The referential ambiguity of personal pronouns and its pragmatic consequences
  • ISSN 1018-2101
  • E-ISSN: 2406-4238


This paper argues for revisiting the traditional adscription of ambiguous readings of personal pronouns, such as hearer-dominant or generic , pluralis maiestatis and pluralis modestiae to specific genres and/or registers. Indeed, in many languages these phenomena are considered typical for a certain genre, register or discourse context. In this paper, I will argue, on the basis of quantitative data and a qualitative analysis of examples taken from different genres (including purposefully creative language use in fiction), that a more accurate account may be formulated in terms of (inter)subjective effect, viz. the attention to the (inter)locutor (among others Benveniste 1966), as a more suitable explanation for the variation of these phenomena attested in corpora.The hearer-oriented uses of , for instance, are considered typical for relationships characterized by power asymmetries such as teacher-student, doctor-patient (Haverkate 1984: 87; Brown & Levinson 1987), whereas generic and speaker-referring have been considered a feature of (informal) oral language than written discourse (Hidalgo Navarro 1996). Recent corpus-based analyses including quantitative and qualitative analyses, however, call for a more nuanced view (De Cock 2011 on Spanish and English; Tarenskeen 2010 on Dutch). We may, for example, find hearer-oriented or even hearer-dominant 1 person plural forms () in contexts where no power- relationship can be defined, e.g. among couples.It will be shown that these uses have different intersubjective effects, however. Their distribution is in line with overall differences as to intersubjectivity according to register and genre, beyond referential ambiguity. The concept of (inter)subjectivity then allows for a more comprehensive analysis of these phenomena and their occurrence in specific registers and genres, addressing the way in which the (inter)locutor is taken into account in each genre.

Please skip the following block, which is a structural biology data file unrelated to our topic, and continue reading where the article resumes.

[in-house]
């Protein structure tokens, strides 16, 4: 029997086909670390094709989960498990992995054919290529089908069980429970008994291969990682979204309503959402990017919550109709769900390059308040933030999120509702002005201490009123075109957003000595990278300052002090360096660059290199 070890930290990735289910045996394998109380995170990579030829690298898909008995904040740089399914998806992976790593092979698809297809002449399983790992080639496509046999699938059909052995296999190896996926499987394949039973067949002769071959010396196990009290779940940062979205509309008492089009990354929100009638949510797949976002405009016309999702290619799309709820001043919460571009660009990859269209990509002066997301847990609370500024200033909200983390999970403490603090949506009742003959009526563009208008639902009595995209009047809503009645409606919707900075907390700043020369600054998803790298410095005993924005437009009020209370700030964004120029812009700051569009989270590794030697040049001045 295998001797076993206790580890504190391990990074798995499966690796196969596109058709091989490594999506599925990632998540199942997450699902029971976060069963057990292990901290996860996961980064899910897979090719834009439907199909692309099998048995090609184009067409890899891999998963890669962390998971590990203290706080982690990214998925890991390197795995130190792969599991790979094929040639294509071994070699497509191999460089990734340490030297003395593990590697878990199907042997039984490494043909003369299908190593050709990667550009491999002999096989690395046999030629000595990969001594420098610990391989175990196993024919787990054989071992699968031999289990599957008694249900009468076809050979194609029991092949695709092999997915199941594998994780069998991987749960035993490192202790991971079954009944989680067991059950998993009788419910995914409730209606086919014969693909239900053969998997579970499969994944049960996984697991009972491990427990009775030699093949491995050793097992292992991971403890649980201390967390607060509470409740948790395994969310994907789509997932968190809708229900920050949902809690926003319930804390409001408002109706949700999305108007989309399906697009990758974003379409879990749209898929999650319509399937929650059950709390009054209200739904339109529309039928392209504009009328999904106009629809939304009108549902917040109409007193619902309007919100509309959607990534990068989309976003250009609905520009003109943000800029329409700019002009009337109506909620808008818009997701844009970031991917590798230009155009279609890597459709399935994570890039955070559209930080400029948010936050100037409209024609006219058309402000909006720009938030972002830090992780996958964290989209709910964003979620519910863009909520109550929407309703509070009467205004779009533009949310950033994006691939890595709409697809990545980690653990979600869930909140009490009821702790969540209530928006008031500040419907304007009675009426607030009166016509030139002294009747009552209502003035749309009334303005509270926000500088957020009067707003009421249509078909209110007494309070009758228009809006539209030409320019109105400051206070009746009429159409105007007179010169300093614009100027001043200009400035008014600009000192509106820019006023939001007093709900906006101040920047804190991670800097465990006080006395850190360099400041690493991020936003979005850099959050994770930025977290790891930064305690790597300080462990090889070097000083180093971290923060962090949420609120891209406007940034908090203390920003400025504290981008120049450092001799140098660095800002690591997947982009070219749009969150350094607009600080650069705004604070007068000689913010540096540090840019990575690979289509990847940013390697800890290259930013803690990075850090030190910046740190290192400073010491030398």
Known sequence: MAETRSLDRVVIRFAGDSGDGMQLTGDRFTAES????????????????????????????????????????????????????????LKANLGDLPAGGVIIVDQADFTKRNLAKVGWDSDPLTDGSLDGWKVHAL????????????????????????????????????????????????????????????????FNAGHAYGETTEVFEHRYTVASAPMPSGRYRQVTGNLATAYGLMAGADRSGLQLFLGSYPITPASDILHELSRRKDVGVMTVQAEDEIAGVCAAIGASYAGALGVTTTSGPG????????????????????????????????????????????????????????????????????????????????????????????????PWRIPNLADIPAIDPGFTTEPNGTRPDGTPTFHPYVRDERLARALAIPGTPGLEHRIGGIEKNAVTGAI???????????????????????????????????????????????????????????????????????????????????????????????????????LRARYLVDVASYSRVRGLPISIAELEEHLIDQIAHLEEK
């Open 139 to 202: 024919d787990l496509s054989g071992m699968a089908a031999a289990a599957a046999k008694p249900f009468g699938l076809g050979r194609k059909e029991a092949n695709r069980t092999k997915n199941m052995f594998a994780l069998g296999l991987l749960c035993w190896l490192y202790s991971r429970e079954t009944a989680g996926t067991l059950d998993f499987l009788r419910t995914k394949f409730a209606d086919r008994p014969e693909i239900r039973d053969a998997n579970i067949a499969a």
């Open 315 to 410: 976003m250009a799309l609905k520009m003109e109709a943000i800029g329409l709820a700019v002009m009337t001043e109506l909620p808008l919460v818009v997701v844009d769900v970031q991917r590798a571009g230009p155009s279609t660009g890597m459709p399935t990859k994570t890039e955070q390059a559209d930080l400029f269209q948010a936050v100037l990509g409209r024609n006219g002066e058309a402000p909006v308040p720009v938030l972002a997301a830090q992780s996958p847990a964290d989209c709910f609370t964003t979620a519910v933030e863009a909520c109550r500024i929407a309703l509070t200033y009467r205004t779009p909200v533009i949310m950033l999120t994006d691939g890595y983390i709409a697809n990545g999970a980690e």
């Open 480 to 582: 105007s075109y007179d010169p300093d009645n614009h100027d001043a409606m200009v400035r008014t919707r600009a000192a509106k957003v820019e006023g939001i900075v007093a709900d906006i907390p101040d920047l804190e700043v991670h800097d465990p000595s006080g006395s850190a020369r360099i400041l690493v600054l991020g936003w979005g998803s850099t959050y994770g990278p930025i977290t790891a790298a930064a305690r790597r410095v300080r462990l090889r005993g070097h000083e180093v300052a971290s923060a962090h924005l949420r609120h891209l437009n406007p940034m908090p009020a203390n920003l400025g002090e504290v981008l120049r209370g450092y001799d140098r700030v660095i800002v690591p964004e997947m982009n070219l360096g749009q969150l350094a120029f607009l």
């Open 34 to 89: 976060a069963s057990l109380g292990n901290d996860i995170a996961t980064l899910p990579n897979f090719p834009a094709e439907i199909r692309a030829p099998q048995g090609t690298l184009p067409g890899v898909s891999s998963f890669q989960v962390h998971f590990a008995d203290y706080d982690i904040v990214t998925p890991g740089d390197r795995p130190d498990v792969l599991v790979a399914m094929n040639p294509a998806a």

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  • Article Type: Research Article
Keyword(s): Genre; Intersubjectivity; Personal pronoun; Register; Subjectivity
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